Peaking at the Right Time

June 16, 2003 03:05 PM

By Jim Brown, Ph.D.

For many tennis players there is no season and, unfortunately, no off-season. They just play and play in what becomes an endless series of matches, tournaments, camps, and practice sessions. The consequences can be over training, burnout, injuries, and less than peak performance when it is needed.

Dr. Paul Roetert, managing director of the USTA's High Performance program, offers some guidelines to develop year-round, periodized training programs.

"Many tournament tennis players adhere to a program that breaks the year into four training phases," Roetert explains. "The preparation phase focuses on high volume and low intensity workouts. In addition to practicing tennis, elite players participate in aerobic activities such as running, biking, or swimming for at least 20 minutes, three or four times a week, for at least four weeks."

"During the pre-competition phase, training routines become more tennis specific. The level of intensity (how hard you work during training sessions) is increased while volume of training is reduced. Although there is still an aerobic component to the training program, the focus is on more quick bursts of speed and strength training exercises. Ideally, this phase also lasts at least four weeks."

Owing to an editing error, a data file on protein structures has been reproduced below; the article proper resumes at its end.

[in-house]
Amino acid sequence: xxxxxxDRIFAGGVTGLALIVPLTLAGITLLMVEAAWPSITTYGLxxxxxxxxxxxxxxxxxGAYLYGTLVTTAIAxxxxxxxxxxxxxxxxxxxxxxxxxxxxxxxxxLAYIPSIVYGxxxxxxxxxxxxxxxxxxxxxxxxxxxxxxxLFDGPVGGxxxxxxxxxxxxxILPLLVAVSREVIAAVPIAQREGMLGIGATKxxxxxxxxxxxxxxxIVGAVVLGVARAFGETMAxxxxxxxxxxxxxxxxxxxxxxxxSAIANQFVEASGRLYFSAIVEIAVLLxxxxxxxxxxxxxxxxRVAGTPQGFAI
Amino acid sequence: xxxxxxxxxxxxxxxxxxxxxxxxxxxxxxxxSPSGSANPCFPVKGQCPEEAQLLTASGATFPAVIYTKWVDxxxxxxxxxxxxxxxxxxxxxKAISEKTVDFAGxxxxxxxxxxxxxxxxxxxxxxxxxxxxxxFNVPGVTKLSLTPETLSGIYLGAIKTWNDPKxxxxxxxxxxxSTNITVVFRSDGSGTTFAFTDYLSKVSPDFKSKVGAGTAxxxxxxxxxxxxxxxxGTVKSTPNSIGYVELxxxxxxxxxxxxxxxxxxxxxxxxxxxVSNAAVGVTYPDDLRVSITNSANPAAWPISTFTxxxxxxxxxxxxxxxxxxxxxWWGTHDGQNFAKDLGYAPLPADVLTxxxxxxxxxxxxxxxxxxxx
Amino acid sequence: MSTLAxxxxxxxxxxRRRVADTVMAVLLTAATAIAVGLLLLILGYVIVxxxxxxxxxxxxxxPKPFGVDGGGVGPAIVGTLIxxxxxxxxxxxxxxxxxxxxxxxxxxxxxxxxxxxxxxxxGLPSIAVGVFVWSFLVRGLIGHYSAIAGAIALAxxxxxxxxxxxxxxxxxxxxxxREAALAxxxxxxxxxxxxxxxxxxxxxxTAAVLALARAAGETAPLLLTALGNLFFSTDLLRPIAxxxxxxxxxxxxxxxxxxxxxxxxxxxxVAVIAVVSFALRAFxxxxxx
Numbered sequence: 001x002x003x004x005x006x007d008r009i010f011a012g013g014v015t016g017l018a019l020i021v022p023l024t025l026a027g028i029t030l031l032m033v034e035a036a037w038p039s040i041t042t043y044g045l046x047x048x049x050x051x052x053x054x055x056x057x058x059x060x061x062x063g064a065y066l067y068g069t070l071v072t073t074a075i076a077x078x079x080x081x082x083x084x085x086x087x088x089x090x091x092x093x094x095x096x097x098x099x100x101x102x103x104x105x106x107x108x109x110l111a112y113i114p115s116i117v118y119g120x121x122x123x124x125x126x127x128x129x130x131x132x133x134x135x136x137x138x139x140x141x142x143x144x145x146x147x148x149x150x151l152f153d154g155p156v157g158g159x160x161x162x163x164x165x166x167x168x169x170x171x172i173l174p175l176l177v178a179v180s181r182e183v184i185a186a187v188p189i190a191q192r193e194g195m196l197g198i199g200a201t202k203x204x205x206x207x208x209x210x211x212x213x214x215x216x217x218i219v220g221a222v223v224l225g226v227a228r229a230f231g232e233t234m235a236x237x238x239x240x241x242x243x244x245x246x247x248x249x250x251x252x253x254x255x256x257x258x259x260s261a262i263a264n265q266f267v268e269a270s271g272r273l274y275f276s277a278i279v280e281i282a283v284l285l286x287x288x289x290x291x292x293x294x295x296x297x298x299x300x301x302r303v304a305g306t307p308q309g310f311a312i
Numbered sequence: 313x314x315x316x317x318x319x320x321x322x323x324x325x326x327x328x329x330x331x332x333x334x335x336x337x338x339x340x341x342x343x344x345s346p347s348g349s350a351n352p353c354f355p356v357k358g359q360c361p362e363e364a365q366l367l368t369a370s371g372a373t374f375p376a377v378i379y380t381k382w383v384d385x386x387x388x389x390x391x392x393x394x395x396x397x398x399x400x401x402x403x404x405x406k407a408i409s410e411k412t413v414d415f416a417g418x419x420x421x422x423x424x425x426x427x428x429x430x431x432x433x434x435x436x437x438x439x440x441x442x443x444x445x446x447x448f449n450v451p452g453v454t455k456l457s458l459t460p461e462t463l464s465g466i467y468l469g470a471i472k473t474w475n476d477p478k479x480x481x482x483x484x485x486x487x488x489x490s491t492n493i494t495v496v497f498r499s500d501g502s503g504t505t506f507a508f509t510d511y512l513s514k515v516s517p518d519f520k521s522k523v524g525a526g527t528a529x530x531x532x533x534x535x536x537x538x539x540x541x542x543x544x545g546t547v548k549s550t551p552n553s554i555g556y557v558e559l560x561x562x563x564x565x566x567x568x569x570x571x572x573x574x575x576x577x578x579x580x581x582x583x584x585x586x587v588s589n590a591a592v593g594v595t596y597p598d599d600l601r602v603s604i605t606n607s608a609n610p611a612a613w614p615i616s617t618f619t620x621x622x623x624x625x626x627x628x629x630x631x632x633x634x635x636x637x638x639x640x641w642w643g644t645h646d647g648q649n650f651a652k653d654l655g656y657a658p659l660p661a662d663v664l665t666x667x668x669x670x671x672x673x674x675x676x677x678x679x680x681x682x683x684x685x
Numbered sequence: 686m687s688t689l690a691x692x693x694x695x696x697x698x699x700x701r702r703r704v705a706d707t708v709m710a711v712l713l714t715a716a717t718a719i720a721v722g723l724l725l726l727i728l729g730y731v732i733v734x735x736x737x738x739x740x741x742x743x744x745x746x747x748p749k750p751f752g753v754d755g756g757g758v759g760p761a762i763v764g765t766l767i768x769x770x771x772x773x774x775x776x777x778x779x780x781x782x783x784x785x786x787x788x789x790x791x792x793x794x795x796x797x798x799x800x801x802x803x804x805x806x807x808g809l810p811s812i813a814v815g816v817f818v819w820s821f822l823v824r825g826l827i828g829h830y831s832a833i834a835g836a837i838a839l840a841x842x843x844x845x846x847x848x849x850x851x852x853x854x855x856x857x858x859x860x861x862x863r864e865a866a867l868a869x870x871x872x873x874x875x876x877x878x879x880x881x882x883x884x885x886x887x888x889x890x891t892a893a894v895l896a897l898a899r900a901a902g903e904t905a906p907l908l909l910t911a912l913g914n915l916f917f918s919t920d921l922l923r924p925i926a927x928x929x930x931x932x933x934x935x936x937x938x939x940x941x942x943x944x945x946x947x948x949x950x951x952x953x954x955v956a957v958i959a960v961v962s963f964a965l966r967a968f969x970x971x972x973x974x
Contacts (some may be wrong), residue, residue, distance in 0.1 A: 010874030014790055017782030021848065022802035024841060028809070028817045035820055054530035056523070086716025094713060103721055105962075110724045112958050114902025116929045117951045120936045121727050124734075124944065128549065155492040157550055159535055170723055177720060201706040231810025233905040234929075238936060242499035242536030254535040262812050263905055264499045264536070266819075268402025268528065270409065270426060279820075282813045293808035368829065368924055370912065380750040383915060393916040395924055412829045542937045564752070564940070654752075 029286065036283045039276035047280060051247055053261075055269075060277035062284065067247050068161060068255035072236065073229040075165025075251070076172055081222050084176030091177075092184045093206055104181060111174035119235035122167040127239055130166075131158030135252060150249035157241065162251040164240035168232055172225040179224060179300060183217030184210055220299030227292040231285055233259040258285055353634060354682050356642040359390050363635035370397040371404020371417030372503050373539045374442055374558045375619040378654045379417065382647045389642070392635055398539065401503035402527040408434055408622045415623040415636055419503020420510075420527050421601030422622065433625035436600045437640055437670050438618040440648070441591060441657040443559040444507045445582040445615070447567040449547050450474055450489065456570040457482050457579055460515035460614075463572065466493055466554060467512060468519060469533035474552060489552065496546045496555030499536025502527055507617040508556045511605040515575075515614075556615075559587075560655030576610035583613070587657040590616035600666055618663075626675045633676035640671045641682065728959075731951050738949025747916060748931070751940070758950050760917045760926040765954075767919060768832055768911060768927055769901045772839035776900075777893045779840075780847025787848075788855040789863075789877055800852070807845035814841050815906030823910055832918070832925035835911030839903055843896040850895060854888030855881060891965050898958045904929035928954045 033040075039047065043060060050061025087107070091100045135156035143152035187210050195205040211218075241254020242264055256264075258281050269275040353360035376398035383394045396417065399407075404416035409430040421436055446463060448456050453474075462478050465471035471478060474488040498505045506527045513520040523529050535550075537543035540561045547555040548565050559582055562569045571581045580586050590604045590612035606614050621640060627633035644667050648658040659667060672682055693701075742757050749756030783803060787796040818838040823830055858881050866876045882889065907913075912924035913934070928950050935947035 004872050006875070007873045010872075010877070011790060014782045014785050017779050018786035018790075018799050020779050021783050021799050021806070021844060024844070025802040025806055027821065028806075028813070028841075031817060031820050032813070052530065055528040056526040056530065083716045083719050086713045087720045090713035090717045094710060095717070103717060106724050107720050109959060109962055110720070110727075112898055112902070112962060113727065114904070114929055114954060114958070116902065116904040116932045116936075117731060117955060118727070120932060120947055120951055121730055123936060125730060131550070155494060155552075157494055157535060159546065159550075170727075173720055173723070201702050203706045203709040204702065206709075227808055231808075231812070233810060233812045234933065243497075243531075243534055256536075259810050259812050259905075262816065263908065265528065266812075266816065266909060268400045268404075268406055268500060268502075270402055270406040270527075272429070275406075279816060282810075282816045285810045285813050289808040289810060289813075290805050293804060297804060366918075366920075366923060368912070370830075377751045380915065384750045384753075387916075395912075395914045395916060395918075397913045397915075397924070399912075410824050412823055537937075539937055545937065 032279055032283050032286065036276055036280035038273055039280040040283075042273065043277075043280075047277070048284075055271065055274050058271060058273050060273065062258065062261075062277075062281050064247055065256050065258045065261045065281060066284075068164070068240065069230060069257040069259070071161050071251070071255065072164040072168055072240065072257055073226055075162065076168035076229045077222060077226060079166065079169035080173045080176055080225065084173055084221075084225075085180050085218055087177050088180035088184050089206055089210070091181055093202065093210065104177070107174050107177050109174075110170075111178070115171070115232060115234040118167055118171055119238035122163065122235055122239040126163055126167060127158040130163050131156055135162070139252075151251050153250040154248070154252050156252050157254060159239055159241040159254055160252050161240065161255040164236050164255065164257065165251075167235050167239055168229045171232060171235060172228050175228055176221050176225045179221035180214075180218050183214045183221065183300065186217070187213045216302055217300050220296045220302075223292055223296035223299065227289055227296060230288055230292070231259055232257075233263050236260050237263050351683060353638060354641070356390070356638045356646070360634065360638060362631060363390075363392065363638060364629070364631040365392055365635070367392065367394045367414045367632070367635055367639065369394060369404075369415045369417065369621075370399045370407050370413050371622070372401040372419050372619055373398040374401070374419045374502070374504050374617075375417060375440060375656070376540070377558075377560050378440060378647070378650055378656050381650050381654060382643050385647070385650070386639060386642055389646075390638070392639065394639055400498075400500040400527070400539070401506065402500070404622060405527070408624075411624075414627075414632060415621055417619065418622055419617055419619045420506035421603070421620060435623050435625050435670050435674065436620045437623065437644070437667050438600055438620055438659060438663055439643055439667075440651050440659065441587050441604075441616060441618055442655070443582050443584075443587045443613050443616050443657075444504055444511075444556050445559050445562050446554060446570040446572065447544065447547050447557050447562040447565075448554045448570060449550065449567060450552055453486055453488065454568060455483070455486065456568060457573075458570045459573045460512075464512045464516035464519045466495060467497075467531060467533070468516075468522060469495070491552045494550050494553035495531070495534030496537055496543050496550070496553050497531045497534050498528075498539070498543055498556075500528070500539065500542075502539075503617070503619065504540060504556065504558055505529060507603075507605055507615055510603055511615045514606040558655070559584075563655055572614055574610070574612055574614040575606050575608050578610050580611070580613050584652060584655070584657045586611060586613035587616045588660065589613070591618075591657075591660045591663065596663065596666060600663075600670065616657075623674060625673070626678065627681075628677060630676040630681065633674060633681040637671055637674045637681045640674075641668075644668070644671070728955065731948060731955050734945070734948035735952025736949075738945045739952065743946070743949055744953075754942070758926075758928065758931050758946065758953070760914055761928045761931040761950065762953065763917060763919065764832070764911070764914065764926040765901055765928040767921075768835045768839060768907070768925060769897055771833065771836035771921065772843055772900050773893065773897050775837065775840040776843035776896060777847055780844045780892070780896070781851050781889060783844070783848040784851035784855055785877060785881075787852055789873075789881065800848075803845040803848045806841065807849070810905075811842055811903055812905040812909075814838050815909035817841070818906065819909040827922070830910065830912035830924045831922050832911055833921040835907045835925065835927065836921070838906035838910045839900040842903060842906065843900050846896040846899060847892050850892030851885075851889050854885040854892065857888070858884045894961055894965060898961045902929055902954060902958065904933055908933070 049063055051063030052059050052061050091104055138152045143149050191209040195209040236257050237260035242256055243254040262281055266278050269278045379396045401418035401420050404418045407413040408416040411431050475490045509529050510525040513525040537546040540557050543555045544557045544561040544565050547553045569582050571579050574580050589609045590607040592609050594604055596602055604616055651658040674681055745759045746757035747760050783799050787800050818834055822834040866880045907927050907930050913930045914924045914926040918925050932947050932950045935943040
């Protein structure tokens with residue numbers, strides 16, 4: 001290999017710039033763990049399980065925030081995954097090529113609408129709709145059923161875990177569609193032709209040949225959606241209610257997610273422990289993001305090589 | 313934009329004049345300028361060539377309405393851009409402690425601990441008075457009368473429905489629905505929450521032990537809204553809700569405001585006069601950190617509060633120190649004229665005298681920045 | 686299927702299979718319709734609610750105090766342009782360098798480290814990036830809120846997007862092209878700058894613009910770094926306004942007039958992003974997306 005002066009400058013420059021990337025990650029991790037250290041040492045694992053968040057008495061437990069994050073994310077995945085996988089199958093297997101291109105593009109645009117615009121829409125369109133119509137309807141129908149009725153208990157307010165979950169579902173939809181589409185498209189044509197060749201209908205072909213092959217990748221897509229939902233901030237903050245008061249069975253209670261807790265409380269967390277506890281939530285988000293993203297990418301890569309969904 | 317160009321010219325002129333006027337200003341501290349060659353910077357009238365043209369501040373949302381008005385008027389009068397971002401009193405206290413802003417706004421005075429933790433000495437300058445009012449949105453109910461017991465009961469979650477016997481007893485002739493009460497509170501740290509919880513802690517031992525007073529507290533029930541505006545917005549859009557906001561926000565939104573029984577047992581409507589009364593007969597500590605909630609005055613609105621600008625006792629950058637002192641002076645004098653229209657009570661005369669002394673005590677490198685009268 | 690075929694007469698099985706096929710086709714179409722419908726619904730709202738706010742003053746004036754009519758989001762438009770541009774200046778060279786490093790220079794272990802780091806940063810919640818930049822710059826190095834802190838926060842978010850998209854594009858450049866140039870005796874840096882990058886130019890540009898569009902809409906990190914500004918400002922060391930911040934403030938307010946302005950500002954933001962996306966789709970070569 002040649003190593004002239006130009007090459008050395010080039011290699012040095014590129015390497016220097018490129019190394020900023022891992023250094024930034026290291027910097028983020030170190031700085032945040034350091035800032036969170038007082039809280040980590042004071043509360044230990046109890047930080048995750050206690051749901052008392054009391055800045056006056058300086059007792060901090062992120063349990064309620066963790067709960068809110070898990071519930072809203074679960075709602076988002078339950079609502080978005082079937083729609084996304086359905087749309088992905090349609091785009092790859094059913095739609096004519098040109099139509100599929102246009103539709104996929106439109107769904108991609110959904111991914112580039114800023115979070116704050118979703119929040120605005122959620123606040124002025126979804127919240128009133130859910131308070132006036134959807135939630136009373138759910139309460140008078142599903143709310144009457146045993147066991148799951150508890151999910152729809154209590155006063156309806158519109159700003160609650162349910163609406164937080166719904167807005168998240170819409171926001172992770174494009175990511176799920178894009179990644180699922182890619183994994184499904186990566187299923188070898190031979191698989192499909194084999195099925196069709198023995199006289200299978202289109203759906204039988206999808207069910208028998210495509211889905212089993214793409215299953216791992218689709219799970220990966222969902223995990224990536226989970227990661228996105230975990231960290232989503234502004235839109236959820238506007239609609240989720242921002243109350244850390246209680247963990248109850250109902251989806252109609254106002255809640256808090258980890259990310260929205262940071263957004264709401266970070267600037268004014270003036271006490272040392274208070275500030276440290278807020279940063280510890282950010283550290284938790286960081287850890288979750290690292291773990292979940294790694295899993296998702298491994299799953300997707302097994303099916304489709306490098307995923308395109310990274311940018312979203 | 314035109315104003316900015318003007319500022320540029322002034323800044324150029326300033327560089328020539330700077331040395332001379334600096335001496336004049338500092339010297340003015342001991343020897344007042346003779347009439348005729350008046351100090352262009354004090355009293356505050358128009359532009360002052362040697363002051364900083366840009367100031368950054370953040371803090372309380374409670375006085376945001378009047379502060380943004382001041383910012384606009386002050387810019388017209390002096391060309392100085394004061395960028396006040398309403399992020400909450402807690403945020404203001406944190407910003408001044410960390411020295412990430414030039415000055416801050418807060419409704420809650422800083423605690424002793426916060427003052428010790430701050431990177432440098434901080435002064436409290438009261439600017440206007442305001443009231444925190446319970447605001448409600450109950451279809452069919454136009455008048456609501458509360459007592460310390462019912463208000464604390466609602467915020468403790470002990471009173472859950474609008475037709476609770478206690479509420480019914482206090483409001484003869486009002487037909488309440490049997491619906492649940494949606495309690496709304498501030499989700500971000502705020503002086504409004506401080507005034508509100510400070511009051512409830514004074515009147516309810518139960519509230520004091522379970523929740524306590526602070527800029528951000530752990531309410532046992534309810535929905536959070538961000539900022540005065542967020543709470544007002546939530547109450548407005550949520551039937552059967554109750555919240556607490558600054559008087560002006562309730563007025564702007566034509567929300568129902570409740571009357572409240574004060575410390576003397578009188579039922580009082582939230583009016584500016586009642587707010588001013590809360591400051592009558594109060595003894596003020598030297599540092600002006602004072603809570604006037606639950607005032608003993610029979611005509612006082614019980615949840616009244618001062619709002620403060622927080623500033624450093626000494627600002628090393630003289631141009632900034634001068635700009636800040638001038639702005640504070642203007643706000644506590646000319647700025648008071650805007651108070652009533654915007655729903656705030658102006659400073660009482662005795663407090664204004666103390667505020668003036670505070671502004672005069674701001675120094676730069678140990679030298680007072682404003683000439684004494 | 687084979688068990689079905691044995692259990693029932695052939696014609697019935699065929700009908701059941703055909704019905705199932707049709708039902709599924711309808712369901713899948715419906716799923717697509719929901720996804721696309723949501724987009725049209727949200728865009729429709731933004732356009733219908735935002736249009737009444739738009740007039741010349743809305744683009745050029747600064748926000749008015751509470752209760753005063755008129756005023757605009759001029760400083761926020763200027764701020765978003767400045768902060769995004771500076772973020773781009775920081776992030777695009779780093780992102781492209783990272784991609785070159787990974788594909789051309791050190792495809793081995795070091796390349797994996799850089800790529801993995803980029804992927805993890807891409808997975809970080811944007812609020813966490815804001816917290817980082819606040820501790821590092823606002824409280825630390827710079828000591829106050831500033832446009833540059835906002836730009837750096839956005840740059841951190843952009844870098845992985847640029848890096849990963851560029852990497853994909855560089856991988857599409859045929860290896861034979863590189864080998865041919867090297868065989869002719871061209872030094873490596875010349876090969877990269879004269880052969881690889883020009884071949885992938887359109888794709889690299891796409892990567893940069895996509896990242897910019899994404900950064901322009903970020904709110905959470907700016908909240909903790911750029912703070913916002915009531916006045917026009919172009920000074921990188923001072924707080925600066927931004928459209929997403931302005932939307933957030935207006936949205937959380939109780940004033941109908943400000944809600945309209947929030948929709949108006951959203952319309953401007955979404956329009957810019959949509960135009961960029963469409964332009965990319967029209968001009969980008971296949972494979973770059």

Peak Performance
According to Roetert, true peak performance can only be maintained for approximately three weeks. Athletes should try to maintain strength and endurance levels during the competition or peak performance phase. Training continues at intensity and volume consistent with the number of tournaments and matches during this period. Peak performance is difficult to sustain because the summer season lasts as long as four months, not three weeks.

During the transition (active rest) phase, Roetert suggests that players should take some time to recover from tennis. "Maintain your fitness level by participating in other sports and activities such as basketball, soccer, and running. Ideally, the tennis players ought to play a sport that involves movements similar to those in tennis. Many European players enjoy soccer or ice hockey. These team sports provide a physical, social, and emotional outlet that they don't get in tennis. The transition phase should last from one to four weeks."

For most tennis players, the time for active rest is January and September. Preparation and precompetition phases should be from February-April, and again in October and November. The time for peak performance is May, June, July, August, and for holiday events during December.

Jim Brown will be contributing new content to this site on a monthly basis. If you have a question for Dr. Brown please feel free to email him at